Material Characterization

Due to their small size, nanoscale particles are very difficult to detect, characterize, and monitor in complex samples such as waste water, soil, and tissues. Since nanomaterial characteristics determined in pristine laboratory conditions will change when placed in complex environmental systems, it is critical to accurately determine size, composition, surface area, shape, quantity, and surface chemistry. Our cutting-edge characterization techniques used to analyze nanoscale particles are absolutely necessary for accurate quantitative environmental risk assessment.


ERDC's advanced NanoSEM Scanning Electron Microscope is used to determine size, shape, and elemental composition of nanoparticles in environmental samples.


The field flow fractionation technique is coupled to an inductively coupled mass spectrometer to separate particles by size followed by chemical analysis.


  • Atomic Force Microscope
  • Brunauer, Emmet and Teller
    Surface Area Analysis
  • Energy Dispersive X-Ray Analysis
  • Field Flow Fractionation interfaced to Inductively Coupled Plasma
    Mass Spectrometry
  • Graphite Furnace Atomic
    Absorption Spectroscopy
  • Inductively Coupled Plasma
    Mass Spectrometry with Dynamic Reaction Cell interference
    reduction capability
  • Inductively Coupled Plasma
    Atomic Emission Spectroscopy
  • Laser Light Scattering
  • Particle Charge (Zeta potential)
  • Quartz Crystal Microbalance
  • Raman Microscope
  • Scanning Electron Microscope
  • Transmission Electron
    Microscope (TEM)
  • X-Ray Diffraction


  • Ph.D., Colorado School of Mines,Golden, CO, 2002, Geochemistry
  • B.S., Arkansas State Universy, Jonesboro, AR, 1998, Chemistry

Research Projects

  • Application of HPLC-ICP-MS speciation methods for geochemical characterization
    of metals
  • Detection and characterization of nanomaterials
  • Bioavailability, fate, and transport of metals, including nanomaterials
  • Specialized analytical methods development

Anthony J. Bednar, PhD

Research Chemist



  • Ph.D., Colorado State University, Fort Collins, CO, 2012, Physical Chemistry
  • B.S., Eastern Illinois University, Charleston, IL, 2007, Chemistry

Research Projects

  • Surface characterization for adhesion of nanomaterials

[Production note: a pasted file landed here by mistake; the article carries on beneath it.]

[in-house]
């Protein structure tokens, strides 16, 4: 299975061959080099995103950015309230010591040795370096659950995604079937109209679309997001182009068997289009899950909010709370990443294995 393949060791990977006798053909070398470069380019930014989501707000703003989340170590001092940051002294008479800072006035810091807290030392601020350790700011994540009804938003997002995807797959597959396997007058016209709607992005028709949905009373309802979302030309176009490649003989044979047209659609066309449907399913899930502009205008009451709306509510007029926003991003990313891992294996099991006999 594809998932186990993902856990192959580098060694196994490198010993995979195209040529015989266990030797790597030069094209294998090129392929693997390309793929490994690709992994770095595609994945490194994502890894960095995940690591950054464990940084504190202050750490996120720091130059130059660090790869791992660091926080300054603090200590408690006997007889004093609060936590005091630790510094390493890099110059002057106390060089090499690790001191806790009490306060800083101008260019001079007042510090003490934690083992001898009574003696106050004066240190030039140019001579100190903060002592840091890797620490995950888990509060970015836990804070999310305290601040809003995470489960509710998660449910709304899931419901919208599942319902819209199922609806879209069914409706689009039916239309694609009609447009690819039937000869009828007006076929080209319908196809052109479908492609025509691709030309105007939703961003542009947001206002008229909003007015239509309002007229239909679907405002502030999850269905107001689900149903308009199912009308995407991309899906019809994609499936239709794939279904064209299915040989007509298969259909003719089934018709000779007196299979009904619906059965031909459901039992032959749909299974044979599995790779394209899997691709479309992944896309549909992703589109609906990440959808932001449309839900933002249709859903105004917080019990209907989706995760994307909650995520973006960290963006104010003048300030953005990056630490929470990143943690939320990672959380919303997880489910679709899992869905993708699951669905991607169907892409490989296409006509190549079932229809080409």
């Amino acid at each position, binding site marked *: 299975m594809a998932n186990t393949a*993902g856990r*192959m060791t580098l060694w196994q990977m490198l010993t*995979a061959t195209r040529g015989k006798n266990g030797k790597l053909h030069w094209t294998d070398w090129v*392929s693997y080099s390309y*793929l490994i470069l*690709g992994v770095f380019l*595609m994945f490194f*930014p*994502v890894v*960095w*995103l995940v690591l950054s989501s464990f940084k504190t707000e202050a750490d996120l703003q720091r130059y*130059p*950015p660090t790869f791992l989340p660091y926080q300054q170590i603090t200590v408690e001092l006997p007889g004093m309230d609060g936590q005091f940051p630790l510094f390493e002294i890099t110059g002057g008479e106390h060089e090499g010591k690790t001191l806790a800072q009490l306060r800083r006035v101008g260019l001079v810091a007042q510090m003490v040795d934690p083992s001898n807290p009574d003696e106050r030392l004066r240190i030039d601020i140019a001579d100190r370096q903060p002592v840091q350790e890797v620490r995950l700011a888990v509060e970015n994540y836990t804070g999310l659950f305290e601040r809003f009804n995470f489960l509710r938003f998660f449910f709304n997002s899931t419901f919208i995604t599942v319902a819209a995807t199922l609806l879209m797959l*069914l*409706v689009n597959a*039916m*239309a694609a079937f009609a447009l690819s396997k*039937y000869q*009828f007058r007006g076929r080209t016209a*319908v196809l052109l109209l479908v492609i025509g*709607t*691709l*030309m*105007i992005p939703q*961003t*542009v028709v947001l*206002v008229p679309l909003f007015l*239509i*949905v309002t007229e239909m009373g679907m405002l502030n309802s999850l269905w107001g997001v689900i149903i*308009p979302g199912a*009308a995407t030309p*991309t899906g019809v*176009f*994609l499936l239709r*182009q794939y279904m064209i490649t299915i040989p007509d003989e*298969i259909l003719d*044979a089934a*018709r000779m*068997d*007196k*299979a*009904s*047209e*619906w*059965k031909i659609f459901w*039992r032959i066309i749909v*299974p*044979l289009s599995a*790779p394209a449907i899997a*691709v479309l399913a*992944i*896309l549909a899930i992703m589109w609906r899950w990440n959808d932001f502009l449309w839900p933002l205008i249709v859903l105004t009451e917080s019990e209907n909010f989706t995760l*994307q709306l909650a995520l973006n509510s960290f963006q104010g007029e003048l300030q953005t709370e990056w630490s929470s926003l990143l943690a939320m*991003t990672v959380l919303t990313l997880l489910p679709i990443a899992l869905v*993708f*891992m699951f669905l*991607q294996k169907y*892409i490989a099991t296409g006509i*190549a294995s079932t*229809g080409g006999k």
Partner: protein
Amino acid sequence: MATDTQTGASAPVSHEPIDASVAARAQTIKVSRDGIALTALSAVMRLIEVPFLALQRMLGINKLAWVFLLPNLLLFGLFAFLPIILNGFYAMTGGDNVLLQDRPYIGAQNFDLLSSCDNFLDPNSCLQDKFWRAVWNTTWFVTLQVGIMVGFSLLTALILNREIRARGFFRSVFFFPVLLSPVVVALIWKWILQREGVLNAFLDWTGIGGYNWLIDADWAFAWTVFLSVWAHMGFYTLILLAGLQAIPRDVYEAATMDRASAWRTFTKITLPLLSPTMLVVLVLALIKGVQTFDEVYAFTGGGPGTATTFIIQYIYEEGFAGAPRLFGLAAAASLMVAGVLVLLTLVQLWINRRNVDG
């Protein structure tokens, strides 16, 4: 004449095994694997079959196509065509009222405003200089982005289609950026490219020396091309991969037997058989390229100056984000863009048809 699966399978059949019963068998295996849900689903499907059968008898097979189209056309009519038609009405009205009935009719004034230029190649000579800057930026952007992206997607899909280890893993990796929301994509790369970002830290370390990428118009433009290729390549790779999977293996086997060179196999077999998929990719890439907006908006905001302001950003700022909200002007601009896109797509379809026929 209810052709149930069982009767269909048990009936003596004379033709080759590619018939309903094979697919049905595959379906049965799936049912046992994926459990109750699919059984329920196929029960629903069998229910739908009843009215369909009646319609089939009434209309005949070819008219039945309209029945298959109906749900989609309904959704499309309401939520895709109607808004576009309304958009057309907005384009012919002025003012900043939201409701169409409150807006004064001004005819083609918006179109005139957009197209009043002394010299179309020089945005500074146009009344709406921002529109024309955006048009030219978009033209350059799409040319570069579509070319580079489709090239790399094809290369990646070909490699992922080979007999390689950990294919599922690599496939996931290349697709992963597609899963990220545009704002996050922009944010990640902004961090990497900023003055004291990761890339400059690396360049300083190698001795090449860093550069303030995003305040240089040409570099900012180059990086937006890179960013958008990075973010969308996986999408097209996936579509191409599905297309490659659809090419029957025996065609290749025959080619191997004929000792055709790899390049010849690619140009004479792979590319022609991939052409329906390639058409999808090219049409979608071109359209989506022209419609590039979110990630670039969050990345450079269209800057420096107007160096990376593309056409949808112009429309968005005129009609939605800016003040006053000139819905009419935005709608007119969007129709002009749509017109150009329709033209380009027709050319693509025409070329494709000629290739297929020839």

• Raman imaging of nanoparticles, thin films, grapheme
  • Influence of photolysis on nanomaterial agglomeration, adsorption,
    dispersions and subsequent toxicity

Michael F. Cuddy

Physical Chemist


  • Ph.D., Georgia Institute of Technology, Atlanta, GA, 2011, Civil Engineering
  • M.S., Georgia Institute of Technology, Atlanta, GA, 2009, Civil Engineering
  • B.S., Georgia Institute of Technology, Atlanta, GA, 2007, Civil Engineering

Research Projects

  • Development of high-performance and durable infrastructure materials
  • Forensic analysis, maintenance, and repair of civil and military infrastructuresystems
  • Structural biomaterials and bio-inspired materials
  • Advanced characterization techniques applied to engineering materials

Robert Moser

Civil Engineer


  • Ph.D., Auburn University, Auburn, Al, 2010, Chemical Engineering
  • B.S., State University of West Georgia, Carrolton, GA, 1997, Chemistry

Research Projects

  • Analysis of nanomaterial sorption properties on various environmental surfaces
    with QCM
  • Influence of photolysis on nanomaterial agglomeration, adsorption, dispersions
    and subsequent toxicity
  • Examination of nanoparticles and thin films with Atomic Force Microscopy

Aimee Poda

Chemical Engineer


  • Ph.D., University of Illinois, Urbana, IL, 1989, Geology
  • M.S., University of Illinois, Urbana, IL, 1987, Geology
  • A.B., Colgate University, Hamilton, NY, 1983, Computer Science and Geology

Research Projects

  • Development and characterization of bio-inspired structural composites
  • Characterization of environmentally-relevant materials
  • Forensic investigations of cement-based and other construction materials

Chuck Weiss